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Pearly gates

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The Blessed at the gate to heaven with St. Peter (1467-1471) by Hans Memling

Pearly gates is an informal name for the gateway to Heaven according to some Christian denominations. It is inspired by the description of the New Jerusalem in Revelation 21:21: "The twelve gates were twelve pearls, each gate made of a single pearl."[1]

The image of the gates in popular culture is a set of large gold, white, or wrought-iron gates in the clouds, guarded by Saint Peter (the keeper of the "keys to the kingdom"). Those not fit to enter heaven are denied entrance at the gates, and descend into Hell.[2] In some versions of this imagery, Peter looks up the deceased's name in a book, before opening the gate.

The pearly gates provide the background for a joke cycle: "the premise of these jokes is that admission is not automatic but that the criteria for admission are somewhat arbitrary."[3]

Johann Baptist Zimmermann (1680-1758): Ianua coeli
Hugo Simberg: The Peasant and Death at the Gates of Heaven and Hell (1897)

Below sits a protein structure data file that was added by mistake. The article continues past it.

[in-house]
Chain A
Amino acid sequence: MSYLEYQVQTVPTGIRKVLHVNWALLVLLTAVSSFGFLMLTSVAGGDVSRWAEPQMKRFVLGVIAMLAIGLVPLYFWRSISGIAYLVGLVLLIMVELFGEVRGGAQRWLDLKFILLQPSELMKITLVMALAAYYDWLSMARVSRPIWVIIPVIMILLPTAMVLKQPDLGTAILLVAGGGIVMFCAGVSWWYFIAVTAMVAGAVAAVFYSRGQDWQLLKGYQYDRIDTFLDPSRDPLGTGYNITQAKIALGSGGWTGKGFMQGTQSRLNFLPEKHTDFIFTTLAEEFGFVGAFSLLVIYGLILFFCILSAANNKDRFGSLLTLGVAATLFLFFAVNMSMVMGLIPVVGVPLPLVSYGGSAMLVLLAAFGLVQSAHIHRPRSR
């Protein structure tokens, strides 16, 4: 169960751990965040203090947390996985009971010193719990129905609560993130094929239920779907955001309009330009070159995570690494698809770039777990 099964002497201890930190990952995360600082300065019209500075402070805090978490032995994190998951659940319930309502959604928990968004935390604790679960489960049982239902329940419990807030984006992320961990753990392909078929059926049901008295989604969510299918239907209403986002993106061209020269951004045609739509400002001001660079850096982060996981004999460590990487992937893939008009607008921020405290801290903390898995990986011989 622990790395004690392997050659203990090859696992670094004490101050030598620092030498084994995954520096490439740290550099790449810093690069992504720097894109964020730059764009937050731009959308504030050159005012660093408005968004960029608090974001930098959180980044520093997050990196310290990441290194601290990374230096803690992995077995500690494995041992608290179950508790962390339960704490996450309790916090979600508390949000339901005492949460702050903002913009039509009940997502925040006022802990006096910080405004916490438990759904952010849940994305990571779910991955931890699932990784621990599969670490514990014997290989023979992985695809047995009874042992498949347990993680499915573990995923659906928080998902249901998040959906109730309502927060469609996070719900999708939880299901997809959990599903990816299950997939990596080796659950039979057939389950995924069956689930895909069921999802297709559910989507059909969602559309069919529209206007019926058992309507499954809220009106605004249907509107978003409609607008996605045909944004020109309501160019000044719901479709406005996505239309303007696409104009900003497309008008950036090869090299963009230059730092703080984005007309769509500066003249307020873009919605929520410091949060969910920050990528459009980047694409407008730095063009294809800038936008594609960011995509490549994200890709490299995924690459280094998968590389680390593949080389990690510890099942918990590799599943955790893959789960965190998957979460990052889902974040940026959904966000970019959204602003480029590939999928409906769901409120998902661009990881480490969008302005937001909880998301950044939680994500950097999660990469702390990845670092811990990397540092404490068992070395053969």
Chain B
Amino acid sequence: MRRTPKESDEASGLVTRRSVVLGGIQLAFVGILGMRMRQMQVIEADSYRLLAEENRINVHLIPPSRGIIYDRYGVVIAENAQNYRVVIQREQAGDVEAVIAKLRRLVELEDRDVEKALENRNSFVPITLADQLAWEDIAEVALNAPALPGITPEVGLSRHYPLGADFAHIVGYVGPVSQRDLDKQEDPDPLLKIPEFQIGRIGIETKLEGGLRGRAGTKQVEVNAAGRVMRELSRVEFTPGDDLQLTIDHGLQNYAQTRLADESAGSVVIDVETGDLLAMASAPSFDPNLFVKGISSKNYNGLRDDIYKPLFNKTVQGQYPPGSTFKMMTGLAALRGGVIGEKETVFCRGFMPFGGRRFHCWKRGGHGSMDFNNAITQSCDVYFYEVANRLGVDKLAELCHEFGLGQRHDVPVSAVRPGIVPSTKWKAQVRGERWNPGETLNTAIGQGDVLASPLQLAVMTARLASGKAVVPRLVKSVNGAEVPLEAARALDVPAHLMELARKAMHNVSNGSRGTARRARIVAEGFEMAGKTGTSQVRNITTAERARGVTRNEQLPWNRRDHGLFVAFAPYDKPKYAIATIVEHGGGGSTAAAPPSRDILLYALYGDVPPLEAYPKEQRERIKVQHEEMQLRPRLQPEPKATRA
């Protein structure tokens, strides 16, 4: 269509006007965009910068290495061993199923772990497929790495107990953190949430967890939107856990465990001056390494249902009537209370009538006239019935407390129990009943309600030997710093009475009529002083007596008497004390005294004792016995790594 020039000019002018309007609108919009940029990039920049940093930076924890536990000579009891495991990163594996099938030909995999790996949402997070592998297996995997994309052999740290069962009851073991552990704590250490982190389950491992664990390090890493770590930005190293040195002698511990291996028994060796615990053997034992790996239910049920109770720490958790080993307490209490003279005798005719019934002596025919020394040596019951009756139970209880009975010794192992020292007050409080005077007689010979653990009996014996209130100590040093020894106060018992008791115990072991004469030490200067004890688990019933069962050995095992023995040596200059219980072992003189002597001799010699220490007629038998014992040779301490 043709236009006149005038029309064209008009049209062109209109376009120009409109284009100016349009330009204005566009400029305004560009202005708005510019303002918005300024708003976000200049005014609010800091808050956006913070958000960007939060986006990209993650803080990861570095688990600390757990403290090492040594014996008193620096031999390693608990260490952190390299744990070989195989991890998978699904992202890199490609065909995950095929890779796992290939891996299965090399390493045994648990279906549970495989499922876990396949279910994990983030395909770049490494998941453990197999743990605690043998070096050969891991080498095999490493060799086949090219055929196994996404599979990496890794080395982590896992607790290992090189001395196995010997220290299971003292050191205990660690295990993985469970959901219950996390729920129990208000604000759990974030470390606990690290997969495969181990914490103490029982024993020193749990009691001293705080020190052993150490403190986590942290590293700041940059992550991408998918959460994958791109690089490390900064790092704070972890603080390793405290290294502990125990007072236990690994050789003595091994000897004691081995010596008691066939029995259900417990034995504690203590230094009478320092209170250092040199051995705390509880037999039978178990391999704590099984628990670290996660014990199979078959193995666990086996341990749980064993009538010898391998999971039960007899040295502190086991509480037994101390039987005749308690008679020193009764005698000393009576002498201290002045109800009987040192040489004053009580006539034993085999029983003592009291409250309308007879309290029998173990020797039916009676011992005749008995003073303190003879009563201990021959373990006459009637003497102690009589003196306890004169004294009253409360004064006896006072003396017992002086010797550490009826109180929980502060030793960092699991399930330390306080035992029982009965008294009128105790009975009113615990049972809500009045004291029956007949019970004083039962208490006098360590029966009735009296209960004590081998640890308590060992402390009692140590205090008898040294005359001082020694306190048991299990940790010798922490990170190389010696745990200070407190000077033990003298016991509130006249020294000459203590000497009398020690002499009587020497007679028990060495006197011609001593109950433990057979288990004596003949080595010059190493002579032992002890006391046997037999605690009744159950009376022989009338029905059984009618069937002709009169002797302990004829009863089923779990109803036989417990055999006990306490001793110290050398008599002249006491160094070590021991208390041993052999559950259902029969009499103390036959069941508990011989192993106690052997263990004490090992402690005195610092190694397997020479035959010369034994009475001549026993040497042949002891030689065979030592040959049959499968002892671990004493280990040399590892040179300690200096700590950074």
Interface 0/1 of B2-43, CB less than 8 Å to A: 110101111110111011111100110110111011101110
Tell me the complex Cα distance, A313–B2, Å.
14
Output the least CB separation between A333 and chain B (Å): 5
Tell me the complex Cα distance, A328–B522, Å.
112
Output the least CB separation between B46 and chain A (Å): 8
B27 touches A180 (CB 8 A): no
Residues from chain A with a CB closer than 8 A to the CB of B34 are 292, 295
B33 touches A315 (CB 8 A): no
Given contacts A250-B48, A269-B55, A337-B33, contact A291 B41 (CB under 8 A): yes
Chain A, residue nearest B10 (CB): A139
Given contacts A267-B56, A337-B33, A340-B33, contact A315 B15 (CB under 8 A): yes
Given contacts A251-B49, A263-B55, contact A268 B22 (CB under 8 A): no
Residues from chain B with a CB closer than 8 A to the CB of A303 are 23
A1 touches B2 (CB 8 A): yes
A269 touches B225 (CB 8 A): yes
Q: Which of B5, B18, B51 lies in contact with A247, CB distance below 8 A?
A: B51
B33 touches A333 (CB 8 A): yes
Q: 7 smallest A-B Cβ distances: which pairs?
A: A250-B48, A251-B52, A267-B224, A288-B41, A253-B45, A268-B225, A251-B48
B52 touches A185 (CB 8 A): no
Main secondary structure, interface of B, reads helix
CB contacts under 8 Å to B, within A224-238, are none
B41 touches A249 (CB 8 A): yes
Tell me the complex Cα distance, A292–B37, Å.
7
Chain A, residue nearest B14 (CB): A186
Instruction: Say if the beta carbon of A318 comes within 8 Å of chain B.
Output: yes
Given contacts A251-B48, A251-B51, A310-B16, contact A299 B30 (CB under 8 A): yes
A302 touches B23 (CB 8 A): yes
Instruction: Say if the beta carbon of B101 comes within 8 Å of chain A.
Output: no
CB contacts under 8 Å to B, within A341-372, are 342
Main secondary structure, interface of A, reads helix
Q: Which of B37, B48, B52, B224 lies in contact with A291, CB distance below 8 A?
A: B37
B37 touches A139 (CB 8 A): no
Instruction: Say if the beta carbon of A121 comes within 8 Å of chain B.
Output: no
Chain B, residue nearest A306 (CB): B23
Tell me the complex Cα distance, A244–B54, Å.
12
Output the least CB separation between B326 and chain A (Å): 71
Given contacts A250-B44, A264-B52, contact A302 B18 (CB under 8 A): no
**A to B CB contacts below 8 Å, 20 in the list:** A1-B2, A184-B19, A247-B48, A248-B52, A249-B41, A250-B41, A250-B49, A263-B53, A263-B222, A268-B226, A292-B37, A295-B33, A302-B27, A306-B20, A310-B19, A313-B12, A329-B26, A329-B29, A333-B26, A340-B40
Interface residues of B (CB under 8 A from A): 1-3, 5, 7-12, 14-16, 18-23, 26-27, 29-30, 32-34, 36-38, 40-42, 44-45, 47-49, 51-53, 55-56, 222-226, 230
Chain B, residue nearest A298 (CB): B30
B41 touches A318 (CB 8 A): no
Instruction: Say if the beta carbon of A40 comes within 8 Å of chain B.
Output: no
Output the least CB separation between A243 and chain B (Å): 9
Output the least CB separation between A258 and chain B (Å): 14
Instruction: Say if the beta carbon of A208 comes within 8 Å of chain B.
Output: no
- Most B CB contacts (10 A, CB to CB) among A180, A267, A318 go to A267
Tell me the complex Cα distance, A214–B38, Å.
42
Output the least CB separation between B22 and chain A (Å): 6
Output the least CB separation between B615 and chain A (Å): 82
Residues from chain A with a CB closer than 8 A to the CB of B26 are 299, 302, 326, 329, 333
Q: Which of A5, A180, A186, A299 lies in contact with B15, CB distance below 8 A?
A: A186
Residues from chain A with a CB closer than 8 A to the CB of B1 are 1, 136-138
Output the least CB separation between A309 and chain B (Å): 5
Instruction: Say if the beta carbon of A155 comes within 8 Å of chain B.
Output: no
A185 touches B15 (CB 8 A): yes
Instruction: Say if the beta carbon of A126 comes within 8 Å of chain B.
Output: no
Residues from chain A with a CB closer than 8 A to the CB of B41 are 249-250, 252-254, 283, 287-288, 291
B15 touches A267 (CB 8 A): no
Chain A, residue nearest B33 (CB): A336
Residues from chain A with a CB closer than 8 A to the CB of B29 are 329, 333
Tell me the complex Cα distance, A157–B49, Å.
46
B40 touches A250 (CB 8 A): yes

1. ^ Lang, J. Stephen (2003). "59: Imagine the Size of Those Oysters". What the Good Book Didn't Say: Popular Myths and Misconceptions About the Bible. Citadel Press. p. 185. ISBN 9780806524603.
  2. ^ Ferguson, Everett (1996). The Church of Christ: A Biblical Ecclesiology for Today. Wm. B. Eerdmans Publishing. p. 53. ISBN 9780802841896. The passage moves from a building, to gates, to keys. A popular image has Peter as the doorkeeper of heaven, deciding admission through the pearly gates to each person at death. This understanding of Peter goes back to an early medieval interpretation that identified Peter with a figure in Germanic mythology who was the porter of heaven.
  3. ^ Capps, Donald (2006). A Time to Laugh: The Religion of Humor. A&C Black. p. 30. ISBN 9780826418579. Retrieved 14 July 2022.